I’ve known for several years that
Beverly Lewis was the queen of Christian fiction of the Amish
persuasion. One of the secretaries at an office I worked at during my
freshman year of college would often sneak Lewis’s books in and read
them whenever there was a lull (or she thought the boss wasn’t
looking). She loaned me one, which I read and enjoyed, but since my
taste usually runs a little edgier, I never read any others by Beverly
Until The Redemption
of Sarah Cain.
When I heard one of Beverly
Lewis’s books was being made into a movie, I was impressed. Really, you
have to be a phenomenal writer to have Hollywood come knocking on your
In The Redemption of
Sarah Cain, Sarah has built a great life for herself in
Portland, Oregon. A successful agent with a profitable real estate
firm, she has everything money can buy—except her family and peace with
her past. Sarah is convinced that she can ignore all of that until she
receives a phone call from her sister Ivy’s lawyer.
Lyddie Cottrell is a normal
teenager—normal for an Amish teenager, anyway. At seventeen, she is the
oldest of the Cottrell children, with four siblings: Caleb, Anna Mae,
Josiah, and Hannah. She does her chores, takes care of the younger
children, and is courted by her sweetheart, Levi. Life became
complicated when her father died three years earlier, but at least Mama
has been there to keep the family together. But then Mama dies, and the
children must depend on the kindness of an almost-unknown relative to
care for them.
Will Sarah give up her lucrative
career on the West Coast to move to Amish country to take care of her
nieces and nephews? Will she take them away from their home? Or will
she just abandon them to the foster system, to be split up among
non-Amish families? And how will she cope with facing the painful
situations in her past while she decides about the children’s future?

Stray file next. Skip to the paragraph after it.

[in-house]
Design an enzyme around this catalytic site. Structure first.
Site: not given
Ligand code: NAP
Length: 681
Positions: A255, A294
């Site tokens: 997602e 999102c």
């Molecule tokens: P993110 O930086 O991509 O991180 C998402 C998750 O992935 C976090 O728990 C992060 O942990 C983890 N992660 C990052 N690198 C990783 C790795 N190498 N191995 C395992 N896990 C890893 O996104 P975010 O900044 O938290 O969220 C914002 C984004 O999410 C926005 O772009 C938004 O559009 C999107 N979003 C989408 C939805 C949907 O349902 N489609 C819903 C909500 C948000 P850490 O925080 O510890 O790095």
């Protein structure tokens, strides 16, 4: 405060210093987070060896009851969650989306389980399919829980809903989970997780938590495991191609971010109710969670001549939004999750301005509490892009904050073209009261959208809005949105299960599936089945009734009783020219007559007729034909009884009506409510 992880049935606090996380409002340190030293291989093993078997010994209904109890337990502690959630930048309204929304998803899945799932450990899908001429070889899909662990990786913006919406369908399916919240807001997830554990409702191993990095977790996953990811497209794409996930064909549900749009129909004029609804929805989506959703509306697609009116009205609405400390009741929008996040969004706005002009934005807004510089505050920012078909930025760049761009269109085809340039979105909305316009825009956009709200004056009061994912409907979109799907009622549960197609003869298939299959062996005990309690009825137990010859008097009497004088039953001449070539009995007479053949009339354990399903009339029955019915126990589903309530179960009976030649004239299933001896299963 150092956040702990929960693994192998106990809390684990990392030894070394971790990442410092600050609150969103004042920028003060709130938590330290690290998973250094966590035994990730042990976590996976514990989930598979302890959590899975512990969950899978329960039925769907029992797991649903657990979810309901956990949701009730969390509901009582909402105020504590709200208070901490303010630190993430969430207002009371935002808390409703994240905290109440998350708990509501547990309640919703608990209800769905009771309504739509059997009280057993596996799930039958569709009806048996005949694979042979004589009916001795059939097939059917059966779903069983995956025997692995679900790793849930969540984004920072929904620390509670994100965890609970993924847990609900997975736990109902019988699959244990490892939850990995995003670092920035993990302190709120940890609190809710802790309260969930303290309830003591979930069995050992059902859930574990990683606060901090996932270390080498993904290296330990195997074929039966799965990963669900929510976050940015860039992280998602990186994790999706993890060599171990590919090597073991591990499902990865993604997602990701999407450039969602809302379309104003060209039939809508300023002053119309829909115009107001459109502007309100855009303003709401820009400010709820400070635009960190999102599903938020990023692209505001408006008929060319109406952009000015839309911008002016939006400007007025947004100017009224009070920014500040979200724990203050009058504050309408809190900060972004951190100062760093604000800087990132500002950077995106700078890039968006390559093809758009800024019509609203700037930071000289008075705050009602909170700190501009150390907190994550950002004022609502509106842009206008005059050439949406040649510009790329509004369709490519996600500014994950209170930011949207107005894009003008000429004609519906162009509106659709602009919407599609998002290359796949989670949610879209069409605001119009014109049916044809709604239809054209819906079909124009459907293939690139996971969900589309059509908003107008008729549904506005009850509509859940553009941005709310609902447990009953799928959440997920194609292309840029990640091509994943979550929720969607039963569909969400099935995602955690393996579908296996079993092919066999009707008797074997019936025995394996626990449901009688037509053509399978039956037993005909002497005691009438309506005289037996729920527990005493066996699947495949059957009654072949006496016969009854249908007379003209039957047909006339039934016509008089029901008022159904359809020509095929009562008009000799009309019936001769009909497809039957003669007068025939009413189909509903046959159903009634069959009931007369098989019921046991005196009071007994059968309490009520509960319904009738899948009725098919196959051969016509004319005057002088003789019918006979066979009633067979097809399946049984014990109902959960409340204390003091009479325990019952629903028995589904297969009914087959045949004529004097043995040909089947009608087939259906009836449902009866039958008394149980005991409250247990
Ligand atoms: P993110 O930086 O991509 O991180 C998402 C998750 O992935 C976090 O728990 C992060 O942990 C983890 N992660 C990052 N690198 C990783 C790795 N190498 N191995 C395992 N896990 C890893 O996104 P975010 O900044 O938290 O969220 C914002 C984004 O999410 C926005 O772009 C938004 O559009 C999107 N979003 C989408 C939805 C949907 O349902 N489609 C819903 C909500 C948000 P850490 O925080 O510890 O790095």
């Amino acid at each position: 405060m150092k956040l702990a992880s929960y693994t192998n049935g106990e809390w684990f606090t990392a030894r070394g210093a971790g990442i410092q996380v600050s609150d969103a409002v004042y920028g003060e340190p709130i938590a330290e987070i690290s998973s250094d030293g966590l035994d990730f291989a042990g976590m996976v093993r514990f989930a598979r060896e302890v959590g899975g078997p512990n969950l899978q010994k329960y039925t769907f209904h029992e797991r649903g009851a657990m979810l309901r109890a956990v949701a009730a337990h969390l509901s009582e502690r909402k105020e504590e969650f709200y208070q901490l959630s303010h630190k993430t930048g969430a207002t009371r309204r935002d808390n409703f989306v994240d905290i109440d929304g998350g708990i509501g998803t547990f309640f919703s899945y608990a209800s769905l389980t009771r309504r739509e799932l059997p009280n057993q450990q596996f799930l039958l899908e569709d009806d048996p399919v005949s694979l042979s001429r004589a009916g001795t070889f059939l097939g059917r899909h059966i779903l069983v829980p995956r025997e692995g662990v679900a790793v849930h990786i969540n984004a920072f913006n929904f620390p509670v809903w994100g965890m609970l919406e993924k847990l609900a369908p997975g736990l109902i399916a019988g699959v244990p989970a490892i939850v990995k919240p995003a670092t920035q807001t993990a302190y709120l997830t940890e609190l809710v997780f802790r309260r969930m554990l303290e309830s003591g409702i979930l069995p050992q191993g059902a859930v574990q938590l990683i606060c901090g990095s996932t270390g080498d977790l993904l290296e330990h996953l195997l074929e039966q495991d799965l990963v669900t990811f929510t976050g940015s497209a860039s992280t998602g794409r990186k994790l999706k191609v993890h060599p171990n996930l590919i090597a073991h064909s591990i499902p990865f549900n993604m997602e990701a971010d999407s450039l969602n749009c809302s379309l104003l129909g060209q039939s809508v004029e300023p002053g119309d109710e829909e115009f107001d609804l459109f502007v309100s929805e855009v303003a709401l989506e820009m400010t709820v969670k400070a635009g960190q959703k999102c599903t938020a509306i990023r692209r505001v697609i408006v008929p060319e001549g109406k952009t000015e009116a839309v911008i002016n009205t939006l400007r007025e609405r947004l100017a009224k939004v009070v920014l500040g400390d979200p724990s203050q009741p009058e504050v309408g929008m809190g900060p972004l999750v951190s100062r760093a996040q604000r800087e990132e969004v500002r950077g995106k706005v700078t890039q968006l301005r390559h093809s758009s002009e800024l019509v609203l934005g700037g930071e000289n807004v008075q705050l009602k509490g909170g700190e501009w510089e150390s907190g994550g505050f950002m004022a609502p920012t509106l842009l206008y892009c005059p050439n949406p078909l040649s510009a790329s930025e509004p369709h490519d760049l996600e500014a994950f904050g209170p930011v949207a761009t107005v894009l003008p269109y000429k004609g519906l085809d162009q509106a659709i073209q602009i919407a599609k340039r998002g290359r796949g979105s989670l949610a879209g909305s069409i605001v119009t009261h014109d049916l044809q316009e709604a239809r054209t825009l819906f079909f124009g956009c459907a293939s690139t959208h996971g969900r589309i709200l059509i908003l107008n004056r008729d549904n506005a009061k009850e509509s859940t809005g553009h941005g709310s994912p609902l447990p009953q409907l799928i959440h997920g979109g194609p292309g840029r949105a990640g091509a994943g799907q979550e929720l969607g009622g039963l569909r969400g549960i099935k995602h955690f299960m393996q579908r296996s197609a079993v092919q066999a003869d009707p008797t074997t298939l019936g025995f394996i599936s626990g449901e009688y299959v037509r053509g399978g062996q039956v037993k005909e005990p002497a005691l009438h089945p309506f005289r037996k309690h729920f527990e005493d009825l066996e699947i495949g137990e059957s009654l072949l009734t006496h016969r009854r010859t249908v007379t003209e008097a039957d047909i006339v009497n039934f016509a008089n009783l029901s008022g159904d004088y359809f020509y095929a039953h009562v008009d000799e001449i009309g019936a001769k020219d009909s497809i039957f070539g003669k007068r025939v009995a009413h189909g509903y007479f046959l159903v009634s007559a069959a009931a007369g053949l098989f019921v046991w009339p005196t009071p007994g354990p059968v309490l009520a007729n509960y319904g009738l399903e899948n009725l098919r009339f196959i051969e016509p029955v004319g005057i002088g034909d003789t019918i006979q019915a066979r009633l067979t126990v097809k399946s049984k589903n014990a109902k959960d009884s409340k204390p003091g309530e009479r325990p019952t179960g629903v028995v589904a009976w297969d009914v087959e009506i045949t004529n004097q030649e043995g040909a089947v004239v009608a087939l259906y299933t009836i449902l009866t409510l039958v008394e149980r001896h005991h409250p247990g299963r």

Beverly Lewis paints a vivid
picture of the Amish world—from the livestock in the barn to the early
morning clothes-washing parties to the quilting bees. Not only does she
give us a clear picture of the physical world, but she shows the hearts
of the Amish. We see the deep faith in Jesus Christ, abiding love for
one another, and the fierce loyalty among the Plain People.
The book was a pleasure to read.
I fell in love with Lyddie Cottrell from page one. She is the
dedicated, sensitive, loving, and hard-working daughter that any mother
would love, not to mention a wonderful older sister. She isn’t perfect,
but when she makes mistakes, she humbly receives the correction of the
Lord and asks for forgiveness. Some days I wish I were as good a woman
and as strong a Christian as this teenage girl. And though she might
seem unrealistic, when you picture her as the orphaned, oldest child of
devout Amish upbringing, she really doesn’t seem so unrealistic after
always, I was eager to see how director and producer Michael Landon Jr.
would translate this beautiful setting and the rich
screen. In those two areas, I was not at all disappointed. The
Lancaster County landscapes were breathtaking, and he could not have
asked for better casting. Although the principle characters were played
by actors who aren’t very widely known, they all handled their
characters remarkably. I was especially impressed with Abigail Mason’s
portrayal of Lyddie. Overall, the movie certainly has the quality that
viewers have come to expect from Michael Landon Jr.
If you are seeking a family
friendly movie to show on family night, this is a good choice. It has
no violence, no foul language, no sensuality, and no other
objectionable content. The theme of is definitely redemptive. But if
you’re seeking a movie with an openly evangelistic message, you will be
When I picked up the DVD, the
first thing I noticed was the title change from The
Redemption of Sarah Cain to Saving Sarah Cain.
To me, that implied that there might be an evangelistic overtone;
however, that is not the case. There is no mention of Jesus Christ and
any changes that happen in the lives of the characters are left
unexplained. A non-Christian would probably attribute any character
changes purely to chance or circumstance. At the end of the movie, I
could not see any clear reasoning for the title change.
Additionally, I was disappointed
in the movie because I purchased it expecting to see the film version
of the novel. That didn’t happen. Whereas Beverly Lewis had woven her
tale in Lancaster County, screenwriters Brian Bird (who also
coproduced) and Cindy Kelley took the majority of the story to Sarah
Cain’s home of Portland, Oregon. Although the character names and some
of the major circumstances remained the same, the two were so
completely different, that I felt cheated by the movie. I wanted to see
the children’s one-room schoolhouse and go to the quilting parties with
Lyddie and Sarah. Instead, I saw cityscapes in Portland that were never
in the novel.
This month, I am choosing the
bookstore over the box office. Beverly Lewis’s version is just too
wonderful to miss. It is a must-read for any Christian woman—girls too.
If you do choose the movie version, please be aware that it is a good
movie. It just isn’t a good adaptation of the novel, and it isn’t a
movie that you will want to show to share the message of salvation
through Jesus Christ.